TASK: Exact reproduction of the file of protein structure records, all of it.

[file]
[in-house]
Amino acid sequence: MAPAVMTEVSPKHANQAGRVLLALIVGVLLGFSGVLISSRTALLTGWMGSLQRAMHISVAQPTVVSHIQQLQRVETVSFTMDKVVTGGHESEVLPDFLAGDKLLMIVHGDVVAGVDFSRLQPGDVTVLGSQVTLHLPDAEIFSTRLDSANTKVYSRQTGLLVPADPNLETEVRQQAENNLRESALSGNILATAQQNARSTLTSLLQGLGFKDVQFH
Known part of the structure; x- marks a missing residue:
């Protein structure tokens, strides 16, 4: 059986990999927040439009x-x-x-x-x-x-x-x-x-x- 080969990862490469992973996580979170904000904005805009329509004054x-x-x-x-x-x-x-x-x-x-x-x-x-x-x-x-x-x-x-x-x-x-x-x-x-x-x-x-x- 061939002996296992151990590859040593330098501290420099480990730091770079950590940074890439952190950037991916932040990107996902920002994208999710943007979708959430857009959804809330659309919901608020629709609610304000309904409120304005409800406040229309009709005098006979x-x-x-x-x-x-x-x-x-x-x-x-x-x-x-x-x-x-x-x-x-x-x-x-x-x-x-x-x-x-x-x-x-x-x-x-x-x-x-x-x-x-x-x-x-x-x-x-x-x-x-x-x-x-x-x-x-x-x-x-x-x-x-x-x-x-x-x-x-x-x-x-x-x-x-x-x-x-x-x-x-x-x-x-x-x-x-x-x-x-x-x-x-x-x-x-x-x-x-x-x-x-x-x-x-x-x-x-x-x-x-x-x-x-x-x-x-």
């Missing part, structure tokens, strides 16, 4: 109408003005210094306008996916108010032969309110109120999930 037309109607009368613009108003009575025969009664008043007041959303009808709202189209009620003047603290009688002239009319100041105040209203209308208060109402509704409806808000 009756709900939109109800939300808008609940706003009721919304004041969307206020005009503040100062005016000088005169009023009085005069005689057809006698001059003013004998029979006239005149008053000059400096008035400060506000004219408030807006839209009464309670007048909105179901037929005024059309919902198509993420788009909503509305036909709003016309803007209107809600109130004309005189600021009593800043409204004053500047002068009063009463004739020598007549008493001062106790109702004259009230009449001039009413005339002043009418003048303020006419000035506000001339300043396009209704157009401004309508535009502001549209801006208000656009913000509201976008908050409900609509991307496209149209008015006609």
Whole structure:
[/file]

[in-house]
Amino acid sequence: MAPAVMTEVSPKHANQAGRVLLALIVGVLLGFSGVLISSRTALLTGWMGSLQRAMHISVAQPTVVSHIQQLQRVETVSFTMDKVVTGGHESEVLPDFLAGDKLLMIVHGDVVAGVDFSRLQPGDVTVLGSQVTLHLPDAEIFSTRLDSANTKVYSRQTGLLVPADPNLETEVRQQAENNLRESALSGNILATAQQNARSTLTSLLQGLGFKDVQFH
Known part of the structure; x- marks a missing residue:
């Protein structure tokens, strides 16, 4: 059986990999927040439009x-x-x-x-x-x-x-x-x-x- 080969990862490469992973996580979170904000904005805009329509004054x-x-x-x-x-x-x-x-x-x-x-x-x-x-x-x-x-x-x-x-x-x-x-x-x-x-x-x-x- 061939002996296992151990590859040593330098501290420099480990730091770079950590940074890439952190950037991916932040990107996902920002994208999710943007979708959430857009959804809330659309919901608020629709609610304000309904409120304005409800406040229309009709005098006979x-x-x-x-x-x-x-x-x-x-x-x-x-x-x-x-x-x-x-x-x-x-x-x-x-x-x-x-x-x-x-x-x-x-x-x-x-x-x-x-x-x-x-x-x-x-x-x-x-x-x-x-x-x-x-x-x-x-x-x-x-x-x-x-x-x-x-x-x-x-x-x-x-x-x-x-x-x-x-x-x-x-x-x-x-x-x-x-x-x-x-x-x-x-x-x-x-x-x-x-x-x-x-x-x-x-x-x-x-x-x-x-x-x-x-x-x-």
């Missing part, structure tokens, strides 16, 4: 109408003005210094306008996916108010032969309110109120999930 037309109607009368613009108003009575025969009664008043007041959303009808709202189209009620003047603290009688002239009319100041105040209203209308208060109402509704409806808000 009756709900939109109800939300808008609940706003009721919304004041969307206020005009503040100062005016000088005169009023009085005069005689057809006698001059003013004998029979006239005149008053000059400096008035400060506000004219408030807006839209009464309670007048909105179901037929005024059309919902198509993420788009909503509305036909709003016309803007209107809600109130004309005189600021009593800043409204004053500047002068009063009463004739020598007549008493001062106790109702004259009230009449001039009413005339002043009418003048303020006419000035506000001339300043396009209704157009401004309508535009502001549209801006208000656009913000509201976008908050409900609509991307496209149209008015006609």
Whole structure: